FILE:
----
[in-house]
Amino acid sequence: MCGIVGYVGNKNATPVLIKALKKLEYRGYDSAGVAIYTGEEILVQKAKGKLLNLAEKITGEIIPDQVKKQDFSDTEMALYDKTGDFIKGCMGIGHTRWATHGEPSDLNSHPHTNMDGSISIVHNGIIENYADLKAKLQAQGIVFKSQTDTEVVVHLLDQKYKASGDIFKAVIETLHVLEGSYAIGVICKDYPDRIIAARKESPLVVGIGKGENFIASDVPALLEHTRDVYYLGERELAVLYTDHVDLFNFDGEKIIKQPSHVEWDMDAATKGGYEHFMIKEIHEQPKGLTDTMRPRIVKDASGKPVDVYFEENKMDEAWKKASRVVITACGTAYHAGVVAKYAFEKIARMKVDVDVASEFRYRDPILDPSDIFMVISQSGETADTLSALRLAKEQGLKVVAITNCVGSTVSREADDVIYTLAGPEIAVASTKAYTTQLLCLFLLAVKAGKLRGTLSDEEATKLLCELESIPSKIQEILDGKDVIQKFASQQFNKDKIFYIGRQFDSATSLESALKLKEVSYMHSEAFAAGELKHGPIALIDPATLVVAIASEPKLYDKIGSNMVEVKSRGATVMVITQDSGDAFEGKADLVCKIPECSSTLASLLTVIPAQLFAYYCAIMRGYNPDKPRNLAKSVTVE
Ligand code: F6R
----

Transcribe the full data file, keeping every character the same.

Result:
[in-house]
Amino acid sequence: MCGIVGYVGNKNATPVLIKALKKLEYRGYDSAGVAIYTGEEILVQKAKGKLLNLAEKITGEIIPDQVKKQDFSDTEMALYDKTGDFIKGCMGIGHTRWATHGEPSDLNSHPHTNMDGSISIVHNGIIENYADLKAKLQAQGIVFKSQTDTEVVVHLLDQKYKASGDIFKAVIETLHVLEGSYAIGVICKDYPDRIIAARKESPLVVGIGKGENFIASDVPALLEHTRDVYYLGERELAVLYTDHVDLFNFDGEKIIKQPSHVEWDMDAATKGGYEHFMIKEIHEQPKGLTDTMRPRIVKDASGKPVDVYFEENKMDEAWKKASRVVITACGTAYHAGVVAKYAFEKIARMKVDVDVASEFRYRDPILDPSDIFMVISQSGETADTLSALRLAKEQGLKVVAITNCVGSTVSREADDVIYTLAGPEIAVASTKAYTTQLLCLFLLAVKAGKLRGTLSDEEATKLLCELESIPSKIQEILDGKDVIQKFASQQFNKDKIFYIGRQFDSATSLESALKLKEVSYMHSEAFAAGELKHGPIALIDPATLVVAIASEPKLYDKIGSNMVEVKSRGATVMVITQDSGDAFEGKADLVCKIPECSSTLASLLTVIPAQLFAYYCAIMRGYNPDKPRNLAKSVTVE
Ligand code: F6R